“I can’t remember a time when I was able to read and hold a pen that I didn’t want to be writing books, too,” said Pagán, who lives in Ann Arbor with her husband and two children. “I’ve always specialized in health because that’s one of my primary interests. At one point, I thought I might become a physician, but I’m a far better writer than I am a student of science.”
In her own words, her novels are about “love, loss, and the unexpected nature of life.” And her eighth and latest novel, Everything Must Go (Lake Union Publishing $24.95) – released last month – exemplifies that. Pagán stated the novel’s central question is: How much do we owe the people we love – and how do we balance that obligation with our own desires and needs?
As the eldest of three sisters, Pagán always wanted to write about three sisters who are three very different women yet happen to be members of the same nuclear family. However, she pointed out that concept alone doesn’t make a story.
“Once I realized that the story would be about a character who needed to stop people-pleasing, I realized that one of the hardest times to do just that is when a family member you love needs you to help them,” she explained.
Navigating Family Dynamics
In Everything, Laine Francis, a New York City native who lives in Ann Arbor, is in a troubled marriage. She wants to begin the next step in her life, accepting that she might have to begin it alone – without her husband, Josh. Yet the moment she summons the strength needed to commit to this decision, Laine learns that her mother Sally has dementia. Her sisters, Piper and Hadley, need her to come to the Big Apple.
“Family dynamics can be tricky during the best of times but navigating them during high-stress transitions can be particularly difficult as Laine discovers as she tries – with varying success – to team up with her sisters and make decisions that will safeguard Sally without stripping her of her independence. Having watched one of my own relatives struggle with and ultimately succumb to dementia, I can attest to the tensions that arise as a loved one’s memory begins to fail. But as Laine discovers, there truly is strength in numbers,” explained Pagán.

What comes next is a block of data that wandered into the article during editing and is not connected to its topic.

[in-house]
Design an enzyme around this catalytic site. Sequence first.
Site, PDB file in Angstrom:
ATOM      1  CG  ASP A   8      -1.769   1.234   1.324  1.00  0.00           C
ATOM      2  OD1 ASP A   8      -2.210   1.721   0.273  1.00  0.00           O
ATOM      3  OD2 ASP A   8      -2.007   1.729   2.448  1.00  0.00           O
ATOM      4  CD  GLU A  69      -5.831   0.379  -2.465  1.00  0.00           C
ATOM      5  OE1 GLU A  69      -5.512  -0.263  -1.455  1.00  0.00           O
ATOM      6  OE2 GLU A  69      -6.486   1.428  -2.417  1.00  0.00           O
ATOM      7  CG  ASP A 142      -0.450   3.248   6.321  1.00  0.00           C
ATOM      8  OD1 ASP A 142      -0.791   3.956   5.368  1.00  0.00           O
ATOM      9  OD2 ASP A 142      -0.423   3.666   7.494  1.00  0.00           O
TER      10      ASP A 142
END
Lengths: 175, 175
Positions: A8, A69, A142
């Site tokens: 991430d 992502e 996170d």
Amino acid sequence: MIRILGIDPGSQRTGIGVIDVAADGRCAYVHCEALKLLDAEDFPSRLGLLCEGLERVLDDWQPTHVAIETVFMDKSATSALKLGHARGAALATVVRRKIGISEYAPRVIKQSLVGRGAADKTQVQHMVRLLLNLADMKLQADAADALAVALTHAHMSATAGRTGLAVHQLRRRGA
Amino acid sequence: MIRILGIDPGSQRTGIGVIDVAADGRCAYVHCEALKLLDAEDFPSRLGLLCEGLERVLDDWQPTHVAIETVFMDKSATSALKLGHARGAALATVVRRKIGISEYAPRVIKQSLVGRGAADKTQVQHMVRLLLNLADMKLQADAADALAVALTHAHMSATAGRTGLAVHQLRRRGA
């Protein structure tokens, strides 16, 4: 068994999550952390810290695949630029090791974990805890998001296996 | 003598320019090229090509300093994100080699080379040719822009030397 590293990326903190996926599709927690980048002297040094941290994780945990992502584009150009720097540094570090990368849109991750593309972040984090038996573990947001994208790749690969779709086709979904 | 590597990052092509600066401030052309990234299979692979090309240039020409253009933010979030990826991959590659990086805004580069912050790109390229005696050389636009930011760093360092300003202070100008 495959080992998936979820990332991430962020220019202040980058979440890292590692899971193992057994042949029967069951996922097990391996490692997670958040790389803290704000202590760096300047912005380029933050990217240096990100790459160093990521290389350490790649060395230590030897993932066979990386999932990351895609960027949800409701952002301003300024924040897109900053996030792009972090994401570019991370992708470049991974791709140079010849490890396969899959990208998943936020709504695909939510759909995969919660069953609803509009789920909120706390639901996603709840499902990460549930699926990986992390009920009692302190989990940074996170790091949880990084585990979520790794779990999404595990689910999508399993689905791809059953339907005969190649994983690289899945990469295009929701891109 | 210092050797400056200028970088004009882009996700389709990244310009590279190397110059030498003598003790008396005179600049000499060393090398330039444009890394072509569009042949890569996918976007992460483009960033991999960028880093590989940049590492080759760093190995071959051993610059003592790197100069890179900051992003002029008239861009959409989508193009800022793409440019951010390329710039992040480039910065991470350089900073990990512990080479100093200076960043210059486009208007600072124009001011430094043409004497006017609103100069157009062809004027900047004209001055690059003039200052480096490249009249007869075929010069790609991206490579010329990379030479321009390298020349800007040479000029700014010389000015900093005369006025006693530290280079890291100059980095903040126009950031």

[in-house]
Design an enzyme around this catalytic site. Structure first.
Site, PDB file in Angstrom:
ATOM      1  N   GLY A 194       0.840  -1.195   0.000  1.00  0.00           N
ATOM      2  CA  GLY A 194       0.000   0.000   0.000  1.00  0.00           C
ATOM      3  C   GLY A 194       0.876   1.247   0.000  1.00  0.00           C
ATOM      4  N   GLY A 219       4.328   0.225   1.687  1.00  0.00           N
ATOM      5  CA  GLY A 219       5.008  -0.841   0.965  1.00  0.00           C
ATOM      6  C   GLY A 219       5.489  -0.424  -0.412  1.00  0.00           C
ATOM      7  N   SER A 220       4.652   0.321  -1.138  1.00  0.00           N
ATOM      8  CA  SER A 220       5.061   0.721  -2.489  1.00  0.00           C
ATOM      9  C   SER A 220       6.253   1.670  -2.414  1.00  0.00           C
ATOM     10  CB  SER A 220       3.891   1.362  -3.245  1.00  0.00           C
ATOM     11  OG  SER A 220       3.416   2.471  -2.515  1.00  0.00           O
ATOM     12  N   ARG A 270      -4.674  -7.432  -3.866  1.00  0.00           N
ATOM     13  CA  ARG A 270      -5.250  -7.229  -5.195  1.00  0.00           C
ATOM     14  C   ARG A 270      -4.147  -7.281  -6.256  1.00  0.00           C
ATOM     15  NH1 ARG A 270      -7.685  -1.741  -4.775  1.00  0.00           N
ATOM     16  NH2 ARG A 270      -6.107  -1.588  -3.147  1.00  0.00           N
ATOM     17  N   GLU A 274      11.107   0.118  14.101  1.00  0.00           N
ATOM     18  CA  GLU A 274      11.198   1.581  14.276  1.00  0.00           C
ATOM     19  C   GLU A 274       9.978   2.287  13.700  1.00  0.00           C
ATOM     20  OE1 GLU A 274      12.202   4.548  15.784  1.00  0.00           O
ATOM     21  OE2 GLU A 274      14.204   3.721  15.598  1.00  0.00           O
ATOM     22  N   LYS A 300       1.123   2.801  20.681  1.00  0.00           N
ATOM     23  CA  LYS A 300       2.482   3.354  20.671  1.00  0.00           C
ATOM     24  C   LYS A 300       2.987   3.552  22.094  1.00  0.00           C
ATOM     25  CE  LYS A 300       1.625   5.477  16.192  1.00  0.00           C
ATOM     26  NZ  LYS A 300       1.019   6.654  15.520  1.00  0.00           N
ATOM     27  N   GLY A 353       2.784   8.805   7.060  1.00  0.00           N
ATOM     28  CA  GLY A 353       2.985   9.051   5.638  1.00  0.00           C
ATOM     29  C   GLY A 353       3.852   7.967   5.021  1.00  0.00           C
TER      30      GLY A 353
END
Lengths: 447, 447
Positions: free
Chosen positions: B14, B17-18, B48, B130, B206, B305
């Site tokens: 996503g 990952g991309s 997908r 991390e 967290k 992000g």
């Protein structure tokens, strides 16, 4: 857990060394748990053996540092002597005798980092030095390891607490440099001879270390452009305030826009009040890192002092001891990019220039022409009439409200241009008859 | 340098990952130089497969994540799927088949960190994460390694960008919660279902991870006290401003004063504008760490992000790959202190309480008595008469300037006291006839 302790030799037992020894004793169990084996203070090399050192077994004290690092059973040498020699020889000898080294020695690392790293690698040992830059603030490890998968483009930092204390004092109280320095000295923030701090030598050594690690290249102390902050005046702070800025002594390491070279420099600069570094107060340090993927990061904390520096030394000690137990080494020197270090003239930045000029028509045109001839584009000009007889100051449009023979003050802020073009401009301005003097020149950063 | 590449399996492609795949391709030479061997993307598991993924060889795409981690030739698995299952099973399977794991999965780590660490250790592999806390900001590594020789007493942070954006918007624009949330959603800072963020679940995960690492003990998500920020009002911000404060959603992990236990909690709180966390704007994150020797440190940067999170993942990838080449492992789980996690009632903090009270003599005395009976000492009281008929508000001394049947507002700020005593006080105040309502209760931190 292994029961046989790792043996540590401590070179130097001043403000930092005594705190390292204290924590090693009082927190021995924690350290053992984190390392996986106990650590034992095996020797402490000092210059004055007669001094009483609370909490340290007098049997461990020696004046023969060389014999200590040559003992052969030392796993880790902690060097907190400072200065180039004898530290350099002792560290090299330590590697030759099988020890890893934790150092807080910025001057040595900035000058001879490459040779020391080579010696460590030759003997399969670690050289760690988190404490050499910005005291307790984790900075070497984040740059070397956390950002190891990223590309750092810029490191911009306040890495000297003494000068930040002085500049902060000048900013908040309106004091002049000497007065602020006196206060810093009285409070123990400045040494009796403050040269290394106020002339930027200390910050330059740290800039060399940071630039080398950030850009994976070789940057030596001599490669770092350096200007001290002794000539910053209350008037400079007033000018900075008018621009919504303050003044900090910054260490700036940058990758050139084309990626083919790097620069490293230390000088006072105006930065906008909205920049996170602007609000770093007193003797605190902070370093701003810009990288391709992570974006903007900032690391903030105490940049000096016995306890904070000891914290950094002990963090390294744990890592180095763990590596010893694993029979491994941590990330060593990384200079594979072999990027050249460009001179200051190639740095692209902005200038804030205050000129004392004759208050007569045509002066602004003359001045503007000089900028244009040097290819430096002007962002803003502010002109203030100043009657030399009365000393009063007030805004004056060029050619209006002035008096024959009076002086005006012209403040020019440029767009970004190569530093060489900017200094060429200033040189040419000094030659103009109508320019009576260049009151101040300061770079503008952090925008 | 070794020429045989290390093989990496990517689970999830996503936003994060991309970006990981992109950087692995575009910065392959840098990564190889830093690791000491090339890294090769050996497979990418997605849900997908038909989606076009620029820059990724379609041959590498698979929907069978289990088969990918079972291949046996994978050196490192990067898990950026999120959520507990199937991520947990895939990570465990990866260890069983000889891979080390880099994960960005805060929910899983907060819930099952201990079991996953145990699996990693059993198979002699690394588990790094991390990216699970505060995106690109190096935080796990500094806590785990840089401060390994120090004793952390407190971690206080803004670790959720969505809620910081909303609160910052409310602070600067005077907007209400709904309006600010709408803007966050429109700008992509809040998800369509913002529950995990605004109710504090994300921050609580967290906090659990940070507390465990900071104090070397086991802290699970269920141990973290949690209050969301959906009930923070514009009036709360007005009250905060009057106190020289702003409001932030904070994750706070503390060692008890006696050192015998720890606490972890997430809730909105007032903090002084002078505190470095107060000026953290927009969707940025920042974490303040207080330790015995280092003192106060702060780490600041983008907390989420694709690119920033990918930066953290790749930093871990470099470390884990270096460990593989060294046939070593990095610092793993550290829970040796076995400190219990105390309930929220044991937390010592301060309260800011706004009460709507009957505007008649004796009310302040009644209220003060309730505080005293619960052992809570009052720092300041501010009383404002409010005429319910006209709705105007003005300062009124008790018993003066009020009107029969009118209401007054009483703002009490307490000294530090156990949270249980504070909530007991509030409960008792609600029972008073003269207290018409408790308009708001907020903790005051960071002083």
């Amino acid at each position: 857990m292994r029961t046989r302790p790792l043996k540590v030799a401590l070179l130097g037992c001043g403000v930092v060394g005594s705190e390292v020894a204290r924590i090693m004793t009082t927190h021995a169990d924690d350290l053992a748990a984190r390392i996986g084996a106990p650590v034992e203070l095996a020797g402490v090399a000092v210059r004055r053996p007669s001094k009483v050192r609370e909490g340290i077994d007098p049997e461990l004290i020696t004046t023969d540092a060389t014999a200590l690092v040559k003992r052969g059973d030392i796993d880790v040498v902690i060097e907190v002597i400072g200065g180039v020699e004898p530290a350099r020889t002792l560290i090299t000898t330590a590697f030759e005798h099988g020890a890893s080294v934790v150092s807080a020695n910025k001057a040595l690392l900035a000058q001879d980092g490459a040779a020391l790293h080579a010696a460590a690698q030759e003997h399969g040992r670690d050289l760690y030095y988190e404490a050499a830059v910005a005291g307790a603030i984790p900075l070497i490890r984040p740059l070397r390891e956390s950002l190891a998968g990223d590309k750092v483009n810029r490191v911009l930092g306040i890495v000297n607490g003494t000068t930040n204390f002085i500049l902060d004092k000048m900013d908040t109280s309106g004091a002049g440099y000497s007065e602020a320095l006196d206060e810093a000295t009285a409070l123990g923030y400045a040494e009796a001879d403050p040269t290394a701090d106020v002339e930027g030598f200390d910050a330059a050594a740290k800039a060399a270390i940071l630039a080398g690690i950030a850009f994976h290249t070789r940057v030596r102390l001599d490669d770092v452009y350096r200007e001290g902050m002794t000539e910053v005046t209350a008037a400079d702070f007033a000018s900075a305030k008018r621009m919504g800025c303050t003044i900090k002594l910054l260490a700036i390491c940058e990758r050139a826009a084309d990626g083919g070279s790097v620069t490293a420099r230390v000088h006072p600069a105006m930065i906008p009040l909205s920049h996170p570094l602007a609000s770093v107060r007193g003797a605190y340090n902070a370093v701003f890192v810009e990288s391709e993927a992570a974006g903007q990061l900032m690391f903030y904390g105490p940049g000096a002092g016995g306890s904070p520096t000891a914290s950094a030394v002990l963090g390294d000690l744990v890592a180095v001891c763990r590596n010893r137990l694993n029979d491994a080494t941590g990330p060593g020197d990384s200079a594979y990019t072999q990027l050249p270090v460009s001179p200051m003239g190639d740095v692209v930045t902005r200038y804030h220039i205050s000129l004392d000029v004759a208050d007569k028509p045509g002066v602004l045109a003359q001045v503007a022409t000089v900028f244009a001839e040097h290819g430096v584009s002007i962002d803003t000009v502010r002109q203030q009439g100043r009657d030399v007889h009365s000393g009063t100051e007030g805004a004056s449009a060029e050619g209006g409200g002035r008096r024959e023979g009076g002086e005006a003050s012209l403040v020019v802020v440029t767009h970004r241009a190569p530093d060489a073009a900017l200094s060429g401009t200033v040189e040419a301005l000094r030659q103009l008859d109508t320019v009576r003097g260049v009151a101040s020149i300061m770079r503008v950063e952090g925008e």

When Laine first arrives in Brooklyn, she soon realizes that her short visit will become an extended stay, given her mother’s mental state. Laine tries to make the best of a bad situation and subsequently runs into Ben, her former best friend from childhood. The dissolution of their friendship had always haunted Laine, who attempts to repair the damage done to their relationship.
In the midst of doing so, Laine learns Sally has been hiding a dark family secret from her and her sisters. Once it’s revealed, Laine must decide to follow her heart, even if it might end up breaking her mother’s.
A Reformed People-Pleaser
Of the three sisters, Pagán is not like Laine, the main character. If anything, she’s more like Hadley.
“I’m not terribly similar to Laine – I have two children, for starters, and a happy, equitable marriage. My parents are also still relatively young. But as a reformed people-pleaser, I do identify with her need to try to make others happy before addressing her own needs. It’s hard work to undo that conditioning,” she said. “I’m more of a Hadley than a Laine. In addition to being a writer, I’m also a certified life coach as she is, and the one to take charge in family situations – for better or for worse. Even so, I purposefully write characters who are distinctly different from actual people in my life – it feels creatively lazy to borrow from real people and I relish the challenge of unique characters in every story.”
For Pagán – whose next novel, Good For You, will be released in 2023 – the best part of writing Everything was chronicling Laine’s love life.
“I love a good love story, and without giving away too much, Laine finds the love she deeply desires but – deep down – doesn’t believe she deserves,” she said. “It was a joy to write that particular part of this novel.”
Oscar-Nominated Actress Options Her Novel
Her second novel, Life and Other Near-Death Experiences, has been optioned by Golden Globe winner/Oscar nominee Jessica Chastain (Zero Dark Thirty, The Martian). At this time, the adaptation is still in the development process.
Nonetheless, Pagán is “over the moon” that a high-caliber actress like Chastain wants to adapt her novel for the big screen.
“Not only is Jessica a wonderful and talented actress, she is a huge champion of women’s rights, talent and advancement,” she said. “I am absolutely thrilled to be a small part of Freckle Films, which is her female-run production team.”
For more information, visit, https://camillepagan.com/.